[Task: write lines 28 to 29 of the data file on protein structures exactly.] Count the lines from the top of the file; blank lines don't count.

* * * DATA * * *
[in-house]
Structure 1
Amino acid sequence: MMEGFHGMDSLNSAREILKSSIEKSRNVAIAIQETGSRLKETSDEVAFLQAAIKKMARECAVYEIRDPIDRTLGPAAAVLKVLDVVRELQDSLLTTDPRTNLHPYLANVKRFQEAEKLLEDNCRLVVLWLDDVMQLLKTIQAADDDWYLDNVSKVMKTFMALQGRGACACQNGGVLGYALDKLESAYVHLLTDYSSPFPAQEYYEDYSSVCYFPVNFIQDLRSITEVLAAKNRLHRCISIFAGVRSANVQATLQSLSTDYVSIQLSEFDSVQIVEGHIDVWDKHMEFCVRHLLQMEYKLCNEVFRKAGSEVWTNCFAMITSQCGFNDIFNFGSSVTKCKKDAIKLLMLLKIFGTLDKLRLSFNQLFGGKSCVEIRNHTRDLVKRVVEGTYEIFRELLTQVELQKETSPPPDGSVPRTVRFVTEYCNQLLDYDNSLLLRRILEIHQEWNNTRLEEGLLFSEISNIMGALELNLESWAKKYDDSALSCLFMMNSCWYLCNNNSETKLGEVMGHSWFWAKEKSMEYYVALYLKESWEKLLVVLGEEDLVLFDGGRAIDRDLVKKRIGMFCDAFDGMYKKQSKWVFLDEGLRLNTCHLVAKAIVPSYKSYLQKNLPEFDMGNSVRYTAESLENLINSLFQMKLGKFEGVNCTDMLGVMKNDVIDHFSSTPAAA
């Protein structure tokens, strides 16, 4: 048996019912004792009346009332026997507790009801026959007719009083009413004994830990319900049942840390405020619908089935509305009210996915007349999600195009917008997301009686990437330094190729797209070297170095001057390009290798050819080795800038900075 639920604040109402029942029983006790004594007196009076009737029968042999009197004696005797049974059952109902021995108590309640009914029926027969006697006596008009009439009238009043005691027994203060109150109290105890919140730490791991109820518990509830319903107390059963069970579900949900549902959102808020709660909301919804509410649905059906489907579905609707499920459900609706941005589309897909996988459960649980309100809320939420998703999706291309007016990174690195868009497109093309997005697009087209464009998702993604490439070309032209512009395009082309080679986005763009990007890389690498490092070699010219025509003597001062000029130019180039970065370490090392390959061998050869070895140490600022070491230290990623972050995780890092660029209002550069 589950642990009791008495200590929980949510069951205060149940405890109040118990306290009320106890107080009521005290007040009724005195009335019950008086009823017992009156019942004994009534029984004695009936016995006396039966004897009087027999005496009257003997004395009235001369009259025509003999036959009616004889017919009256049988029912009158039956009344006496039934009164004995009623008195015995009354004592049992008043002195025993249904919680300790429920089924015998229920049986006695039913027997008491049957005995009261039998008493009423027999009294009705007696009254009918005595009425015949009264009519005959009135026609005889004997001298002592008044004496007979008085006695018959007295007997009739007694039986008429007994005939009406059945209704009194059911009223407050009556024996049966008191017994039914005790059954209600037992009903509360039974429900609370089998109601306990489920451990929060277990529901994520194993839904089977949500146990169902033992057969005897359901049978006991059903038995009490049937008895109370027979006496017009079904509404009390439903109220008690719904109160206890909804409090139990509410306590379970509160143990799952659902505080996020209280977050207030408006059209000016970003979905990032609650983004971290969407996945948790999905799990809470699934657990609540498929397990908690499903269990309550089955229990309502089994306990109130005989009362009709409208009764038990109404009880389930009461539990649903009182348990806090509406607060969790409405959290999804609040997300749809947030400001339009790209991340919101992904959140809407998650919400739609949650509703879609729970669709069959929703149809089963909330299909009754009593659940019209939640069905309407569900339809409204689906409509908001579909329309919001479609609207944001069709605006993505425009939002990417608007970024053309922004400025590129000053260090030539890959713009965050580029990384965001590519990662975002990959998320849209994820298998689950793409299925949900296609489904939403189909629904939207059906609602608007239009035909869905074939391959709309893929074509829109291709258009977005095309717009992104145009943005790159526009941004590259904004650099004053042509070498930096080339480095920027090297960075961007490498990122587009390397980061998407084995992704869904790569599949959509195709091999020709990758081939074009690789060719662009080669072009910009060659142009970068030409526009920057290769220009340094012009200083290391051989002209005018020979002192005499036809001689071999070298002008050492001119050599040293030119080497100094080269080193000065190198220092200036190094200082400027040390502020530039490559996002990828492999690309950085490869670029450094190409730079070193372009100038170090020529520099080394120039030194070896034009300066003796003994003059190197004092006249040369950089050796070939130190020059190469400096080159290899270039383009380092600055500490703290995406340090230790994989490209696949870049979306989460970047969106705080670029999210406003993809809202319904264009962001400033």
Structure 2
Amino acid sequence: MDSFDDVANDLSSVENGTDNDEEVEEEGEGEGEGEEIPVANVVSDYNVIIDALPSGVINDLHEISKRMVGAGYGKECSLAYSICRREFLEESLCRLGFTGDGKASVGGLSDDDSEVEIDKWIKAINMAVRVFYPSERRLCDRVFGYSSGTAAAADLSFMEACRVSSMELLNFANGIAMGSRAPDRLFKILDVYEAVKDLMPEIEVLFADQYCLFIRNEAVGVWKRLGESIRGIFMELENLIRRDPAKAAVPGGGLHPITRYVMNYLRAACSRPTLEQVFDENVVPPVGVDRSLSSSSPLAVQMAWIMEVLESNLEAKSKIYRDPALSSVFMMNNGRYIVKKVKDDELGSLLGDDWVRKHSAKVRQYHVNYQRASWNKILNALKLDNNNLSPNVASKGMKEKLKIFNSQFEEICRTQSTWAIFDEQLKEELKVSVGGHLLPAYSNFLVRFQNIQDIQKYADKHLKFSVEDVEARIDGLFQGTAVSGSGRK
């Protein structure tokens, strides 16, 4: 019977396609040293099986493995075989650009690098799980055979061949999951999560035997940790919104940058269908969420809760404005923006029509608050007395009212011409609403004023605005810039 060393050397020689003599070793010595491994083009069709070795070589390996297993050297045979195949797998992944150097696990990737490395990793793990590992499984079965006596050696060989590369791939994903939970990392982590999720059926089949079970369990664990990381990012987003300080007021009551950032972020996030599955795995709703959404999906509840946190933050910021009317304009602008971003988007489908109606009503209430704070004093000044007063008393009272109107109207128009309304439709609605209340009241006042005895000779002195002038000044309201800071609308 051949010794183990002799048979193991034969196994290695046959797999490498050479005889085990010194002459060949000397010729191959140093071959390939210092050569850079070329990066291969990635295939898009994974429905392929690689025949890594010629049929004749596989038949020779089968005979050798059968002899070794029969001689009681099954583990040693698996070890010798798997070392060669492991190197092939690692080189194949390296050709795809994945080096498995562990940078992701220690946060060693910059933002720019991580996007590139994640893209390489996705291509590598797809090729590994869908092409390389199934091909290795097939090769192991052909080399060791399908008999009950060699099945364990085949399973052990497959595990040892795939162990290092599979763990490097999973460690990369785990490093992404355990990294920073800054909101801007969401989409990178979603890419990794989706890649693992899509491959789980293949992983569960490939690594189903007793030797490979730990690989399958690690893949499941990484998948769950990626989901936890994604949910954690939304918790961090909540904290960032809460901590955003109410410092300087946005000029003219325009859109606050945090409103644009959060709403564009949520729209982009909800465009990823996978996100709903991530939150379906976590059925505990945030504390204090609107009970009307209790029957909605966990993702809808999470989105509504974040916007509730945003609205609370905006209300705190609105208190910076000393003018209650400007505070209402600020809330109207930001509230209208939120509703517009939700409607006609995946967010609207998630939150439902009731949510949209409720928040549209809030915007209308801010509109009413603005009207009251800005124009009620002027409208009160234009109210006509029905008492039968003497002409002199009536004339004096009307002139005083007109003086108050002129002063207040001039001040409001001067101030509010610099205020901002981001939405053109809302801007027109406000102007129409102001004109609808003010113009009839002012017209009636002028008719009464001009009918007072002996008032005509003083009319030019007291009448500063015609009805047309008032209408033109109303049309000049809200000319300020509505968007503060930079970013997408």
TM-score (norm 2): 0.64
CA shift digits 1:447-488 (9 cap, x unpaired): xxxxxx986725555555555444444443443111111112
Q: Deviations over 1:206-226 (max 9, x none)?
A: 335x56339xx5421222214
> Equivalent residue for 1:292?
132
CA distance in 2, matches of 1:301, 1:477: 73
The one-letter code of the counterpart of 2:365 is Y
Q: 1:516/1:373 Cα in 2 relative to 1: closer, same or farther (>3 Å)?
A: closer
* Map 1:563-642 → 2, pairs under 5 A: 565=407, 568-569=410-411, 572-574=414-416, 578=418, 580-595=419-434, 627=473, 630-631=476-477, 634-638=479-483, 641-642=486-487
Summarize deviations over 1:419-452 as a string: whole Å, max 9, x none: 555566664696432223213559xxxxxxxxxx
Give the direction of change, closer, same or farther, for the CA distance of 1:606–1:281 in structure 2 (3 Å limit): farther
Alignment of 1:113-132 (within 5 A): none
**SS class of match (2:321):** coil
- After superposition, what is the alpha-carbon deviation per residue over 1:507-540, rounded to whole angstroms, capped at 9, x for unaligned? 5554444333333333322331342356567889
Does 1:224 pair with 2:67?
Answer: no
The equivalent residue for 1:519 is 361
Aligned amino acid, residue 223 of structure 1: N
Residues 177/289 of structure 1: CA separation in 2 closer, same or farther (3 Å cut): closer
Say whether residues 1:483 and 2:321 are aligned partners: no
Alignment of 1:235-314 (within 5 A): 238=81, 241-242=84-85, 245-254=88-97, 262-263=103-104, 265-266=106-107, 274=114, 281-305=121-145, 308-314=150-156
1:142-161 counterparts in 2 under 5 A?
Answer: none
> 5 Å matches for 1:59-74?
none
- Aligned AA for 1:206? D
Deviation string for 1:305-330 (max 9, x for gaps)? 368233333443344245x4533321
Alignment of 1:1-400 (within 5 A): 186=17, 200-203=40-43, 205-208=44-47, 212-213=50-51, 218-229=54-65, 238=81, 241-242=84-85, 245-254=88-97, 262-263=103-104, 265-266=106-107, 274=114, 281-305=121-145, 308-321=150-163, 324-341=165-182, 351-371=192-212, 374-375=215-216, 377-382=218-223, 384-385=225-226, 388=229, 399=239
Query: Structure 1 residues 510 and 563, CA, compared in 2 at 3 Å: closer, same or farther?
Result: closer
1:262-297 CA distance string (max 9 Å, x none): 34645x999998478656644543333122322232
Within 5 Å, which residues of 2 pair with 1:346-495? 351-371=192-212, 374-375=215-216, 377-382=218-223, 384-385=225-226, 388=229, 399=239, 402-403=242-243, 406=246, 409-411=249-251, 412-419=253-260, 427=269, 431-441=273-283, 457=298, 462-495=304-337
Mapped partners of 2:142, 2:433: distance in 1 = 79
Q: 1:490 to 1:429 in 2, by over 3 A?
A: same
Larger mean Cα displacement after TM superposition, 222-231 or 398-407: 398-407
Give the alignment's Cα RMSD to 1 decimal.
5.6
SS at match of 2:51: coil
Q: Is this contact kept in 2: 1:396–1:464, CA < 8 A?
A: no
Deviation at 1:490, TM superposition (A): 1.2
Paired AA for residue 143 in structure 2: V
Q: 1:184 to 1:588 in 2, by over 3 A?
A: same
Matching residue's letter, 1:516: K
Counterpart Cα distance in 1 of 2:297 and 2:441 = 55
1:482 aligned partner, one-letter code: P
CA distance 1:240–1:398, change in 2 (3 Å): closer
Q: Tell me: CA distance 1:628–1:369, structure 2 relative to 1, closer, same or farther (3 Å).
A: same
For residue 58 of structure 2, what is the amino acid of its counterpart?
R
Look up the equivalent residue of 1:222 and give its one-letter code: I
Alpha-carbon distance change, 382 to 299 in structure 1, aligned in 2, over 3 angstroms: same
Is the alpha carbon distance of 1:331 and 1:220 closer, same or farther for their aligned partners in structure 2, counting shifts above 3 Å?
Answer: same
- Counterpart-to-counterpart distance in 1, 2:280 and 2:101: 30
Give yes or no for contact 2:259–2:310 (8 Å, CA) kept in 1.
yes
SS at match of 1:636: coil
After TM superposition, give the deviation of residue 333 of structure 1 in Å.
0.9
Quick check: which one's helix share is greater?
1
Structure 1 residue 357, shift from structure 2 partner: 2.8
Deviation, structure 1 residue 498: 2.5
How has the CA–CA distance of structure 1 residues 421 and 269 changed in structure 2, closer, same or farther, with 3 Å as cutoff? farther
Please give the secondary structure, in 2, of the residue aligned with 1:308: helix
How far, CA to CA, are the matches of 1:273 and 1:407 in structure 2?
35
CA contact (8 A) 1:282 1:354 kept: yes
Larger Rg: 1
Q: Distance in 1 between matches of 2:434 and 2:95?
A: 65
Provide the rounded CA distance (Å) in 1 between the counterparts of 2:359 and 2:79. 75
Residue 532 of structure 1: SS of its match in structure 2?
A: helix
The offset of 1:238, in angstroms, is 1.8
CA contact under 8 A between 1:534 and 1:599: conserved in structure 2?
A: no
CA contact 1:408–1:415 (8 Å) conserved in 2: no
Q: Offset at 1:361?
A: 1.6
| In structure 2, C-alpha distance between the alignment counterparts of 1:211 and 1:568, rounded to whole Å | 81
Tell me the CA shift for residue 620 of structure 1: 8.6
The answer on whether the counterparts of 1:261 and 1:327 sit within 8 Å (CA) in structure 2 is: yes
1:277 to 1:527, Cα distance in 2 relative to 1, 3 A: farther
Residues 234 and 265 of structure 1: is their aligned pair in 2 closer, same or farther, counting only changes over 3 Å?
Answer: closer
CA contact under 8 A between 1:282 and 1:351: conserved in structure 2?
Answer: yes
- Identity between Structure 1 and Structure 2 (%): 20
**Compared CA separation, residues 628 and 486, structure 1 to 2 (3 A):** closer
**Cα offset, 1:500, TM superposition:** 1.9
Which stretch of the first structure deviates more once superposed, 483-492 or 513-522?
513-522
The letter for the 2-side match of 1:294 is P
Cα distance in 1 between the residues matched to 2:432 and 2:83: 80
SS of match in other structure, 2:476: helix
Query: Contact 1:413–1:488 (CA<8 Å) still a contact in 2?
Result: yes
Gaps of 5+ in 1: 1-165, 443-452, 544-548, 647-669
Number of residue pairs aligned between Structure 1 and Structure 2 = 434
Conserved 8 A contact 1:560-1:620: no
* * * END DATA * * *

Residues 177/289 of structure 1: CA separation in 2 closer, same or farther (3 Å cut): closer
Say whether residues 1:483 and 2:321 are aligned partners: no